In the October 19 issue of the Eagle & Journal, my opponent for the two-year seat on the Board used her “blank check” to put “student engagement” over student academic achievement. She did so using the premise that a 2018 Gallup study reported that “engaged students were more likely to do well in school.” Some people question such a premise by questioning whether it is the other way around, i.e. that students who do well in school tend to also engage more in school. But, that is okay, it is just another organization selling products to schools.
Ms. Cavanaugh goes on to quote statistical data from the 2020-2021 California Health Kids Survey which would help support her premise. I decided to fact check and verify and found that there was no 2020-2021 California Healthy Kids Survey data on the CUSD web site, only the 2018-2019 results are available there. Ms. Cavanaugh was already retired from CUSD so she would not have received these new data based on being a district teacher. I went to the web site of the company (WestEd) that develops, administers and interprets the Healthy Kids Surveys for all of California schools and, sure enough, unbeknownst to many of us, the survey was administered again.
But, like the 2018-2019 surveys, someone made the decision to survey only 5th, 7th, 9th and 11th grade students and only 5th grade teachers, and, once again, no parents. I was able to find the few questions out of hundreds of questions that Ms. Cavanaugh chose to support her proposed program for future education. But, as always, these data were complicated, and much of the self-reporting was contradicted by answers to other related questions. Another drawback in reporting student engagement data in the 2020-2021 survey is that these data included students participating in hybrid learning, which, by definition, includes students engaged via on-line learning. In addition, the teacher data that was available did not match and corroborate the student responses that were picked by Ms. Cavanaugh.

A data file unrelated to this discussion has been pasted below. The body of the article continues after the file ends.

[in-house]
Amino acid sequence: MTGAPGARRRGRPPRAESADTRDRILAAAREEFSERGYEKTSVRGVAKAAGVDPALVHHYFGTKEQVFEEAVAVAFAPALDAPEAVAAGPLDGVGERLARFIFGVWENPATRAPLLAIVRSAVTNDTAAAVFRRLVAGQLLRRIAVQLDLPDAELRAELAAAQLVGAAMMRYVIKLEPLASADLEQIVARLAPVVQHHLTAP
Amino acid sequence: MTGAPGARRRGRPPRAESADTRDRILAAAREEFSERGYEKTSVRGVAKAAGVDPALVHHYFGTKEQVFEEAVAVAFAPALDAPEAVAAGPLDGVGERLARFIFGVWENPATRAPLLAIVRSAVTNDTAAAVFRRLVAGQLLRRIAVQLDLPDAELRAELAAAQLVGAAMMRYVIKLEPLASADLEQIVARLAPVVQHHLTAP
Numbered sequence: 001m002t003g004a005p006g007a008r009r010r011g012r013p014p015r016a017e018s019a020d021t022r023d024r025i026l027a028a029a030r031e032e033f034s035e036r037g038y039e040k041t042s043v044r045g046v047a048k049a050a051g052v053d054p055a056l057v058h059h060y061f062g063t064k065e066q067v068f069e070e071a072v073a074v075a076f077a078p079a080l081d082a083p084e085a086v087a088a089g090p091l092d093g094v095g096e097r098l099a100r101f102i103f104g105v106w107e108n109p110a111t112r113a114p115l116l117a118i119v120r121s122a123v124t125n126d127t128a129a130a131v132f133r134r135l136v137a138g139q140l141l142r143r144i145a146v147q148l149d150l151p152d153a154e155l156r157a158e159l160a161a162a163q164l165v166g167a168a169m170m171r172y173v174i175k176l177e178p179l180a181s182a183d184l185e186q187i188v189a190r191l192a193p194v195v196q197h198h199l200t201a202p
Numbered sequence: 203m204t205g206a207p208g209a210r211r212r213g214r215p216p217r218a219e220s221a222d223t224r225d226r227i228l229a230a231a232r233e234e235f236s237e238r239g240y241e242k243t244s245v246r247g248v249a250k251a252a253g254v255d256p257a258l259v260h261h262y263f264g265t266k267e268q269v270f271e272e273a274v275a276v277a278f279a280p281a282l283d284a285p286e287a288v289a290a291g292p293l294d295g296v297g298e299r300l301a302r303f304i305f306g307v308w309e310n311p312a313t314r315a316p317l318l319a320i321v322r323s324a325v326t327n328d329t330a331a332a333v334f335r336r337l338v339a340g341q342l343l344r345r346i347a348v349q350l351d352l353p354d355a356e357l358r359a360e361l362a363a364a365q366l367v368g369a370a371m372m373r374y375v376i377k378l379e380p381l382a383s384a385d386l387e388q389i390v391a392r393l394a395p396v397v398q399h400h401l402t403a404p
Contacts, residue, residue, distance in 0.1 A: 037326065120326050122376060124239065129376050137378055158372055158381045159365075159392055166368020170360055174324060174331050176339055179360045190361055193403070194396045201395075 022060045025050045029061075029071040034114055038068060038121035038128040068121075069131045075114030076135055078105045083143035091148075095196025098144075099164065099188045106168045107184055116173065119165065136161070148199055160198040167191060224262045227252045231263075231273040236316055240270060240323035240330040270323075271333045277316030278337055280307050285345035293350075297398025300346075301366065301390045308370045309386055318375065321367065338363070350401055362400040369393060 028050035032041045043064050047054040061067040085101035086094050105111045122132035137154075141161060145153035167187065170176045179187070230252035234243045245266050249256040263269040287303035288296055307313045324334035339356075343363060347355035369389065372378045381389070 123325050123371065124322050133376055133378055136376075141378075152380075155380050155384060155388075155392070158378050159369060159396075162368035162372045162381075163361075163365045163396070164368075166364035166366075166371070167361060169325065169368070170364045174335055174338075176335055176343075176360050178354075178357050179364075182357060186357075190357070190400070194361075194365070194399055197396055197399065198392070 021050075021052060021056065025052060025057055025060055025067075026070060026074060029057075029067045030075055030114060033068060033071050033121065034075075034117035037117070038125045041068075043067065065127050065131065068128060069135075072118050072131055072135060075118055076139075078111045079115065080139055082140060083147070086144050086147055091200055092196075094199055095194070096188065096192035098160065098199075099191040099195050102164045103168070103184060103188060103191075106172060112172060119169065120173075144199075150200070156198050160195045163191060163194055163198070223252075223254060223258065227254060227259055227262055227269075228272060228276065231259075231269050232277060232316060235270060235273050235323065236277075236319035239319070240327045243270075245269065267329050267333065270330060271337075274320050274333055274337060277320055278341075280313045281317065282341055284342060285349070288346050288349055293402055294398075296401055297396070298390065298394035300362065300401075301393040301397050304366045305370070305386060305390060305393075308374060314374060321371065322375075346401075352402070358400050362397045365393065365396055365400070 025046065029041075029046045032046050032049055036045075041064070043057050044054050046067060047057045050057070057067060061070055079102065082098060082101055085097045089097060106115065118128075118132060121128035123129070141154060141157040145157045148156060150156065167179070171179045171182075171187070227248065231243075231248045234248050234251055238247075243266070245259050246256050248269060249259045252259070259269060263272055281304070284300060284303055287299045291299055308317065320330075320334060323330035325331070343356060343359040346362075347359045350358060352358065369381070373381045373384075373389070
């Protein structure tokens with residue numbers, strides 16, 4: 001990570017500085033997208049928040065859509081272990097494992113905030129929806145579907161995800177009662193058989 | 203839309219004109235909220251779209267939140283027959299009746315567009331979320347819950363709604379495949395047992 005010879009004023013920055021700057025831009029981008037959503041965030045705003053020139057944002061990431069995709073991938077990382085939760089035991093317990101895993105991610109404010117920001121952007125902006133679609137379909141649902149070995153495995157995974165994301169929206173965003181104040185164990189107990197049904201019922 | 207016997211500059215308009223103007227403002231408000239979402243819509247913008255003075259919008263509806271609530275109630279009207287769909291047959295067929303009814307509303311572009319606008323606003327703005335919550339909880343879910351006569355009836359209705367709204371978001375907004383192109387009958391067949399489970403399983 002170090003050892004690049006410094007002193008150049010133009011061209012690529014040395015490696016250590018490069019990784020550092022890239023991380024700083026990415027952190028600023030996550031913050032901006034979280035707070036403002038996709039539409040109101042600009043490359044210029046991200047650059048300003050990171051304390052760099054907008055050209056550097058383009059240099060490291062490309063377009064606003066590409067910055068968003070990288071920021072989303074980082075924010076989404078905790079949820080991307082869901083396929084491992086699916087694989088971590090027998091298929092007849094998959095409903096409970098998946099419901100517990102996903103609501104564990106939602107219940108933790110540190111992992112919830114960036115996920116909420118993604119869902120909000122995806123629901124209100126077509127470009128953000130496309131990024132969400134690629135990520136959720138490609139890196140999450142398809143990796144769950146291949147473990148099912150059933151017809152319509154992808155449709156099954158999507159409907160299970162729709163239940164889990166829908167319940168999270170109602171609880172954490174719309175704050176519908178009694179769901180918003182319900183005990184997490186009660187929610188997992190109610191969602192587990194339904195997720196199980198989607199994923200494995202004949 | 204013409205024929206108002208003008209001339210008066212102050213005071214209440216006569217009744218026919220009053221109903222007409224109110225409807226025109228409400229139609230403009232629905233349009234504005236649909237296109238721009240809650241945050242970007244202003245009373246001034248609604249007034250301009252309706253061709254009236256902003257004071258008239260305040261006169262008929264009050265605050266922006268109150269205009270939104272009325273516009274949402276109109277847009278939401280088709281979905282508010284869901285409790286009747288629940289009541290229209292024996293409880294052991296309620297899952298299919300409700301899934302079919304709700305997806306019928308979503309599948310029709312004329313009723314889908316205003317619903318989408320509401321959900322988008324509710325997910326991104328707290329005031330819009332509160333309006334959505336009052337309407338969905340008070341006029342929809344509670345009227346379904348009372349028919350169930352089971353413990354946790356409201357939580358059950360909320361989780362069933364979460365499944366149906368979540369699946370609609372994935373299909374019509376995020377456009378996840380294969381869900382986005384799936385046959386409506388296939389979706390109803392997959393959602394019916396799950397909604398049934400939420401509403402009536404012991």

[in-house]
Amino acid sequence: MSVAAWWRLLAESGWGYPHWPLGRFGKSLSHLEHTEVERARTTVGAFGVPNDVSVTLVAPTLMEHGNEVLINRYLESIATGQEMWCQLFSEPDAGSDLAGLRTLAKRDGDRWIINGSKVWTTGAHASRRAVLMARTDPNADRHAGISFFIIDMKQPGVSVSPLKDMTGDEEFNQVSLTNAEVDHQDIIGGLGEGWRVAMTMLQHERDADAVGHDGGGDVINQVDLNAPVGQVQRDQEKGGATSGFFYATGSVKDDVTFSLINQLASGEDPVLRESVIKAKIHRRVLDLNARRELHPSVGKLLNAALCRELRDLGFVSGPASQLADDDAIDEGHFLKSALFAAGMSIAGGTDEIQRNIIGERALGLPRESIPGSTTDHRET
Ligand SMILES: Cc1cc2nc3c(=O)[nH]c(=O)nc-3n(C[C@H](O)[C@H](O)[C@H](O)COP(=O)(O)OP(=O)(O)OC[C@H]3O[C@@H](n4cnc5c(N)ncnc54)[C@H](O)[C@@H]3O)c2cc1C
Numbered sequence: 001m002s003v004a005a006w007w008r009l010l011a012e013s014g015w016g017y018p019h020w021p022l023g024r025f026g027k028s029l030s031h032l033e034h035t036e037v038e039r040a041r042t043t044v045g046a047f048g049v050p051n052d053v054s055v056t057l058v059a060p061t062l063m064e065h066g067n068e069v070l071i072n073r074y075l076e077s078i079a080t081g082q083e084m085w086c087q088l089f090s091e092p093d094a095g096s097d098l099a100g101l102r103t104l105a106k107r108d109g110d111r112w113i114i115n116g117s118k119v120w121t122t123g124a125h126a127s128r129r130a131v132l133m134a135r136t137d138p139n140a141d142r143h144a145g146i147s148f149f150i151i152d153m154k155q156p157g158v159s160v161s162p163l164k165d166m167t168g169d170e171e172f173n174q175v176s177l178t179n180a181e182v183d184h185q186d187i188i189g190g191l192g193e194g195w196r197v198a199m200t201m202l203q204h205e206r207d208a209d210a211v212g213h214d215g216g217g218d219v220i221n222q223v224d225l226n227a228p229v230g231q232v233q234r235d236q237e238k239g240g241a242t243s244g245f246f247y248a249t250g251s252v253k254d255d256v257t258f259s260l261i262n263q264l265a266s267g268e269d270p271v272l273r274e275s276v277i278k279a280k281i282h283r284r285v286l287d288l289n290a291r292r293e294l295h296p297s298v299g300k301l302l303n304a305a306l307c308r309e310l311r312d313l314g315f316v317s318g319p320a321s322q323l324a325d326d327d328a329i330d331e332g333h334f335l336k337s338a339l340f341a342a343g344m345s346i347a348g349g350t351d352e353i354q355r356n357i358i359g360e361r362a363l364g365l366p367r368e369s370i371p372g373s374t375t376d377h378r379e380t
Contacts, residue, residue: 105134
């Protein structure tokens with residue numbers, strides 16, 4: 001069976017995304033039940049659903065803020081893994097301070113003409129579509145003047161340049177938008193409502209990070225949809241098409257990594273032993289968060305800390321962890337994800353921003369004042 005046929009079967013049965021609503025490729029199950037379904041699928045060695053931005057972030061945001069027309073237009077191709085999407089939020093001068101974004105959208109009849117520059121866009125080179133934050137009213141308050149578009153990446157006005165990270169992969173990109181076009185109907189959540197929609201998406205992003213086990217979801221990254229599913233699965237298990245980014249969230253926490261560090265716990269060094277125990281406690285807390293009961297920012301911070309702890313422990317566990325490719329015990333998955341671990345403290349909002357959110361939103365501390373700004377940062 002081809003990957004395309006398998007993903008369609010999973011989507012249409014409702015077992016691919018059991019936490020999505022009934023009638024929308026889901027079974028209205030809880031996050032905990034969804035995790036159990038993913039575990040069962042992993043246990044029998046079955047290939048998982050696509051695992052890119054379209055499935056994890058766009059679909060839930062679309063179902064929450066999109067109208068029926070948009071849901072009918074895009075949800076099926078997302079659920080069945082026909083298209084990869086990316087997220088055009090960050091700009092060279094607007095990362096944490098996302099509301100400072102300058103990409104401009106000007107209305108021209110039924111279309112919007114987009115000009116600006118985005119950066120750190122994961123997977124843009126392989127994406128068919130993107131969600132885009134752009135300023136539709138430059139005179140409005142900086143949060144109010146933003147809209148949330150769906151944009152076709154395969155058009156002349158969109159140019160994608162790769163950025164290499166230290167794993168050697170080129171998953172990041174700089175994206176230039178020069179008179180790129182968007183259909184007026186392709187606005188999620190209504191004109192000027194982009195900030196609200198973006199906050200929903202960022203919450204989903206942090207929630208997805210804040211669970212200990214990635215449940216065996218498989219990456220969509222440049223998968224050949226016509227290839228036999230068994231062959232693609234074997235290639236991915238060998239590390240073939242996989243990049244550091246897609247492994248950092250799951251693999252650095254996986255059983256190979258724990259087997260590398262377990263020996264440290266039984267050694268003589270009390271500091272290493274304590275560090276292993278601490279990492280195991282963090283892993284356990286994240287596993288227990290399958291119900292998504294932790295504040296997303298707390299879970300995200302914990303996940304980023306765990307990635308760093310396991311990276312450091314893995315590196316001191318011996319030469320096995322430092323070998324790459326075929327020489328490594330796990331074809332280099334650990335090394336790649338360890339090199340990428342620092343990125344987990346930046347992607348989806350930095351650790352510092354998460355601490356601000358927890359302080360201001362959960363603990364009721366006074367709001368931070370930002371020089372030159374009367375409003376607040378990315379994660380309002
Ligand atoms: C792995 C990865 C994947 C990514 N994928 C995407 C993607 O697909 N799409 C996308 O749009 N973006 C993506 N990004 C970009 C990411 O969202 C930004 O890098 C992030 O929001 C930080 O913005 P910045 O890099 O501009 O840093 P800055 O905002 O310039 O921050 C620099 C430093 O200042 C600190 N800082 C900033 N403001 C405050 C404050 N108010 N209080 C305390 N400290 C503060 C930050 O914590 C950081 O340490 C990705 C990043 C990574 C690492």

Why am I saying this and pointing it out?
A Board of Education has to be very careful about the data it is receiving when it comes to proposing grand new programs that might interfere with academic instruction and pedagogy. WestEd provided the District with pages and pages of cautions and advice about the use of these data because they are self-report data and self-report data are very unreliable as a general rule. As a reminder, the District implemented the now debunked No Place for Hate program based upon speeches at a rally in the park and then tried to justify it using data from the California Healthy Kids Surveys of 2018-2019. They never cross-checked or corroborated those data either but could have, and again, never administered the parent surveys as WestEd recommends.
If elected, I promise to do the very heavy work required of me to understand data about educating kids, not for my own beliefs about how things should work, but because there is reliable data and there are reliable experts helping interpret it. WestEd, for a cost, has tools and even teams of people that can help districts use these data wisely and appropriately.
Perhaps Ms. Cavanaugh’s blank check could be used to fund contracts with WestEd for services that would insure proper use of survey results, including surveying parents and ALL teachers for corroboration.
VOL. 112, NO. 43 - Oct. 26, 2022